Barry County, Missouri

Barry County, Missouri

Barry County, Missouri is located in the southwestern corner of the state. It is bordered by McDonald and Newton counties to the north, Stone and Taney counties to the east, Lawrence and Greene counties to the south, and Barry and Stone counties to the west. It has an area of 576 square miles, making it one of the larger counties in Missouri. The landscape of Barry County is mostly rural with rolling hills and valleys. The northern part of the county is mostly wooded with oak-hickory forests while the southern part is more open farmland. The White River runs through Barry County from northwest to southeast, cutting through some of its most beautiful scenery. There are several smaller creeks and streams flowing through as well. The elevation ranges from around 600 feet in the northwest corner to 1,000 feet in some parts of the southeastern corner. Overall, Barry County has a diverse topography that provides plenty of recreational opportunities such as camping, fishing, hunting, boating, hiking, horseback riding, ATVing or simply enjoying nature’s beauty from a distance.

Barry County, Missouri

Country seat and other main cities of Barry County, Missouri

The county seat of Barry County, Missouri is Cassville, located in the northwest corner of the county. It is the largest city in the county with a population of around 3,400 people and serves as a trade center for the surrounding area. The city was founded in 1845 and is known for its historic downtown district which includes many 19th-century buildings. Cassville is home to annual festivals such as the Ozark Jammin’ Music Festival and the Annual Barry County Fair. According to COUNTRYAAH, other cities in Barry County include Washburn, Monett, Seligman, Shell Knob, Purdy, Wheaton, and Exeter. Washburn is located on the White River near Roaring River State Park and has a population of around 1,000 people. Monett is located just east of Cassville in the center of Barry County and has a population of 8,000 people. Seligman is located in the northeast corner of Barry County and has a population of around 700 people. Shell Knob is located on Table Rock Lake near Mark Twain National Forest and has a population of 1,200 people. Purdy is located southwest of Cassville along Highway 37 and has a population of 1,200 people. Wheaton lies east of Washburn on Highway 76 with a population around 500 people while Exeter lies south along Highway 76 with a population around 200 people. Overall, there are several small towns within Barry County that provide local services to its residents as well as contribute to its rural charm.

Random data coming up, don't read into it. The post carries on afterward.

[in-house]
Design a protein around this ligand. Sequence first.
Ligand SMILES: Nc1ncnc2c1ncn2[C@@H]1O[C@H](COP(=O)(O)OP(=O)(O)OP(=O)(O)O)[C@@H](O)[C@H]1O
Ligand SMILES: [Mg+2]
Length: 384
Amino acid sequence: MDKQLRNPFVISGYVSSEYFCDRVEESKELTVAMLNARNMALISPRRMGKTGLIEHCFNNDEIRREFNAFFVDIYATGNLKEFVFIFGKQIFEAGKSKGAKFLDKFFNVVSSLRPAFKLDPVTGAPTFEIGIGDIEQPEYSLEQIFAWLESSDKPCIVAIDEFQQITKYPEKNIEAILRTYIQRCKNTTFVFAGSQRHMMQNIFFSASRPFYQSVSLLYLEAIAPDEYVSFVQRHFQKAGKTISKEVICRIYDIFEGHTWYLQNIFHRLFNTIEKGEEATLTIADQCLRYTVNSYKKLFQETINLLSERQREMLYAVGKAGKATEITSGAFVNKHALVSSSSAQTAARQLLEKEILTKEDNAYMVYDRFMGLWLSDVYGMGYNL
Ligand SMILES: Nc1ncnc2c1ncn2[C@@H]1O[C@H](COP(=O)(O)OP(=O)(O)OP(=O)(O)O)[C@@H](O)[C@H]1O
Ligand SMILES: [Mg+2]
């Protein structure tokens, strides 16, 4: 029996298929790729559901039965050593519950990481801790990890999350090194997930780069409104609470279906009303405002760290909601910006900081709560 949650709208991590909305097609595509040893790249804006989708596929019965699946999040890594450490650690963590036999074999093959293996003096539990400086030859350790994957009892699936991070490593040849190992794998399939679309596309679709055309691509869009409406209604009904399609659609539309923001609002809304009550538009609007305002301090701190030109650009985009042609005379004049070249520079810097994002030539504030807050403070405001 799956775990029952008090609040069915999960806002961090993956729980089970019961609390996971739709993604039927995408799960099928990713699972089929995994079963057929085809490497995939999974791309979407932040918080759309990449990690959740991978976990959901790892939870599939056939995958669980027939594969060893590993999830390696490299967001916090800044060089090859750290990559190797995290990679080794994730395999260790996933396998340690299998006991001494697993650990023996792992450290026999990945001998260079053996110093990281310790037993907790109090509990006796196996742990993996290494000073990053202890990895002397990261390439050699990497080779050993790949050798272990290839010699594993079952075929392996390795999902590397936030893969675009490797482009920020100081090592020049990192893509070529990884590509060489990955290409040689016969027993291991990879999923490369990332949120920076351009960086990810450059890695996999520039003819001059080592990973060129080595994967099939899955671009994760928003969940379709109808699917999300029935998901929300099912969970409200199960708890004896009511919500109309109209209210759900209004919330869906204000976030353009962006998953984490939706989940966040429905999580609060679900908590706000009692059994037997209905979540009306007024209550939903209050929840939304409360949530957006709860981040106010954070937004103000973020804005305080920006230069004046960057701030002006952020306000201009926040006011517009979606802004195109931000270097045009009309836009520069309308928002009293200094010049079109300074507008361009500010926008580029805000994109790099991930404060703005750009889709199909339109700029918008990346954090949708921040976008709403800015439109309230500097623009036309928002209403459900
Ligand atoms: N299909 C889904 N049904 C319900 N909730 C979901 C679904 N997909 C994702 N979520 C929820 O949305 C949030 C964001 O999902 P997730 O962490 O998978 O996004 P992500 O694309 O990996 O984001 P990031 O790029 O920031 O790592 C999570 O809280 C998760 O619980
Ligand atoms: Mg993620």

History of Barry County, Missouri

Barry County, Missouri has a rich history that dates back to the early 19th century. The county was originally part of Greene County before being established in 1835. It is named after William Taylor Barry, a Kentucky senator and United States Postmaster General. During the Civil War, Barry County was a major battleground for both Union and Confederate forces with several battles fought in the county. After the war, the county’s economy shifted from primarily agricultural to timber and mining with towns such as Washburn and Monett becoming important trade centers. In the late 19th century, railroads began to connect many of these towns which further increased their importance as commercial centers.

In the early 20th century, Barry County experienced an oil boom which led to an influx of settlers and businesses into the area. This boom eventually ended but left behind a lasting legacy including several historic sites such as Roaring River State Park which was established in 1924. The area also became known for its tourism industry with many visitors coming to explore Table Rock Lake and Mark Twain National Forest each year. Today, Barry County continues to be an important part of Missouri’s economy with its agricultural production and tourism industry providing many jobs for local residents.

Economy of Barry County, Missouri

Barry County, Missouri has a diverse economy that is driven by agriculture, timber and tourism. Agriculture has long been an important part of the county’s economy and is still a major contributor today. Crops such as corn, soybeans, wheat and hay are all grown in the area which provides employment for many locals. In addition to crop production, livestock such as cattle and poultry are also raised in the county.

Timber is another important industry in Barry County with several sawmills located throughout the region. Logging operations have been an important source of income for many locals since the 19th century and continues to be so today. The abundance of natural resources also makes Barry County an ideal location for outdoor recreation activities such as fishing, camping and hiking which provides another source of income for locals through tourism.

In recent years, Barry County has experienced a growth in its service sector with many new businesses being established in the area to cater to tourists visiting Table Rock Lake and Mark Twain National Forest each year. These businesses provide employment opportunities for local residents while helping to stimulate economic growth in the county. Overall, Barry County’s economy is diverse and provides many opportunities for both residents and visitors alike.